“What they saw-eastward, beyond the sun-was a range of mountains. It was so high that either they never saw the top of it or they forgot it. And the mountains must really have been outside the world.” – C.S. Lewis, The Chronicles of Narnia
A wide smile formed on our tour guide’s face as he answered my question. “Basically,” he said, running a hand through his thick, jet black hair, “this is the end of the world.”
I gazed at my surroundings once more. The end of the world was a weird place. We stood inside an enclosed forest glade, the leaves and branches of the trees forming a dense canopy overhead. The tight foliage blocked the dusk light from entering the glade and cloaked the area in a heavy, but inviting darkness. A small creek divided the space in two with its clear waters. The laughs of children reverberated off the willows that hung over the water as children splashed about in the brook. A handful of families sat by the stream’s edge, eating dinner while they watched the kids play in the water. Not too far beyond the trees, one could see the striking walls of the Andes that encompassed the grotto on all sides, their undetectable peaks spiring into the skies. A little further away from the creek, outside the copse of trees was a series of huts and small buildings. The majority of the buildings possessed large open windows revealing rooms where vendors stood advertising their handmade crafts which ranged from plush pikachus to ornate jewelry to intricate wooden flutes. The soft voice of the stream mixed with an odd, ambient music consisting of a coalition of flute and bongo drums that seemed to come from one of the buildings. In the middle of the buildings was a circular amphitheater area where groups of friends sat laughing and conversing in the dim twilight light. At the edge of the circle I noticed a young man juggling three very real swords while being watched by three stray dogs who appeared to be quite fascinated with the man’s talent. The end of the world was some sort of artisanal commune.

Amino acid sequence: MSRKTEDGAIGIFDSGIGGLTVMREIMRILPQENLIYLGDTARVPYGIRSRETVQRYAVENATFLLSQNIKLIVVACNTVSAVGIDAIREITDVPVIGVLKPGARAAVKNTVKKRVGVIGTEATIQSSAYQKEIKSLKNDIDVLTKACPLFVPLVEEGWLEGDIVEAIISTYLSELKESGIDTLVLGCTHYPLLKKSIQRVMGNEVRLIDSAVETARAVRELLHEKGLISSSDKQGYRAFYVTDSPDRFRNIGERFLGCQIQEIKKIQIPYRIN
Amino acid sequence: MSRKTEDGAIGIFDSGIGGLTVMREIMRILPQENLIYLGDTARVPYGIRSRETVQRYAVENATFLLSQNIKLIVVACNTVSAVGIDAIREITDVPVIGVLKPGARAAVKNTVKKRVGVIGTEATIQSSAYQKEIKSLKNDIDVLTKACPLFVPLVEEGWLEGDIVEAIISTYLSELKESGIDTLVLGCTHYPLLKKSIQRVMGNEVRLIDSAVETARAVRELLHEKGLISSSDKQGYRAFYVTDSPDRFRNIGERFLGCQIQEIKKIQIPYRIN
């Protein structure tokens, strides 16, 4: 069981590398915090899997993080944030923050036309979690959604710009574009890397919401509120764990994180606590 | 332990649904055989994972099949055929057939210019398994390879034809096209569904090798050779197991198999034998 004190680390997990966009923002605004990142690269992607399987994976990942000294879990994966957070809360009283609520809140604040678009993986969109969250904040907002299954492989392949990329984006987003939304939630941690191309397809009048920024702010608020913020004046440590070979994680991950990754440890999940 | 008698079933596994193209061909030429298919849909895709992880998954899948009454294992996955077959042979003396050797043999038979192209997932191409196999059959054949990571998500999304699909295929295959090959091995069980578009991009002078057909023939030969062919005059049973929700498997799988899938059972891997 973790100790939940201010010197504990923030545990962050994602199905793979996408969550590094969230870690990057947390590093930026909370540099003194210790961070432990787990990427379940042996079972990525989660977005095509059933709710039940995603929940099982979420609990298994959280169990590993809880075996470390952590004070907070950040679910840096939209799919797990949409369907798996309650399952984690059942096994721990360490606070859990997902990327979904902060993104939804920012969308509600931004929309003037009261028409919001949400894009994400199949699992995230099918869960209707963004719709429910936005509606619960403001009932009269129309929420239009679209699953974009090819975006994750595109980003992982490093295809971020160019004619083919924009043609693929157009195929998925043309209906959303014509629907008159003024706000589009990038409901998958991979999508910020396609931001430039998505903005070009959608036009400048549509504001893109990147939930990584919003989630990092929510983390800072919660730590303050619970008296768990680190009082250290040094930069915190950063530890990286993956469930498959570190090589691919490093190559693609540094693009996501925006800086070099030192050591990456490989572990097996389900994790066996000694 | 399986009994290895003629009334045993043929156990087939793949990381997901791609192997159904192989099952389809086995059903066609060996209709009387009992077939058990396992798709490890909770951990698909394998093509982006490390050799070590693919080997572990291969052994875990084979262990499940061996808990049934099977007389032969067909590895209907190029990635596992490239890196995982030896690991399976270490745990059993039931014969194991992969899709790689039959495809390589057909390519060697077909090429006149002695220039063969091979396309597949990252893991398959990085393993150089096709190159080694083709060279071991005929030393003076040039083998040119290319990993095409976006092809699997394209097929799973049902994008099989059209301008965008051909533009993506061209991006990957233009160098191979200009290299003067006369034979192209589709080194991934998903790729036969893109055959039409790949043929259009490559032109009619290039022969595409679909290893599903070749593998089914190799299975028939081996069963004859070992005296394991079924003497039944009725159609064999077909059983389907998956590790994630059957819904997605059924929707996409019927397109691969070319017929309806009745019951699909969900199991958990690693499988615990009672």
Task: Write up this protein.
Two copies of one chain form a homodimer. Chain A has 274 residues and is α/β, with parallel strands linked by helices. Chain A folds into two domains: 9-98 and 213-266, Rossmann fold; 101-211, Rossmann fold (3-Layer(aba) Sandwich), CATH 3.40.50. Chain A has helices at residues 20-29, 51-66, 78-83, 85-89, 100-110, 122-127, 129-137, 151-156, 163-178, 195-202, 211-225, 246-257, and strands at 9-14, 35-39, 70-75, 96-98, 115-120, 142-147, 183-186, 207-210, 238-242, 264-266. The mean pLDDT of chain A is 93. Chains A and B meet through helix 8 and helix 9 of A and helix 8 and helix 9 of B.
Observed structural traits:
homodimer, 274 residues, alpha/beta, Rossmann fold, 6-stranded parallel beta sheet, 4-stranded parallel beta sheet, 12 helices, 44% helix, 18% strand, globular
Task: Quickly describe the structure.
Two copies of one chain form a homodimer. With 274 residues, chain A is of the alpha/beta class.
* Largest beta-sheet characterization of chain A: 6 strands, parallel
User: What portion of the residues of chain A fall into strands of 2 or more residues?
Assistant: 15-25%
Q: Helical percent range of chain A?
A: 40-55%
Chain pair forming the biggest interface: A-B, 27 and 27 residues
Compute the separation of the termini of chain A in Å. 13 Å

My class schedule here consists of 3 days of very long classes followed by 4 days to do all the assigned work and reading for those classes. So far, on top of using my free time to complete my homework of course, I’ve been using my time to practice my Spanish as well as travel. One of the best ways to learn another language is by reading in that language, and because my current Spanish level is not very high, I’ve been reading children’s books to practice. Specifically, I’ve been reading my favorite childhood book series, The Chronicles of Narnia. That’s why it seemed fitting to start this entry with a quote from the 6th book in the series when the main characters discover “The End of the World.”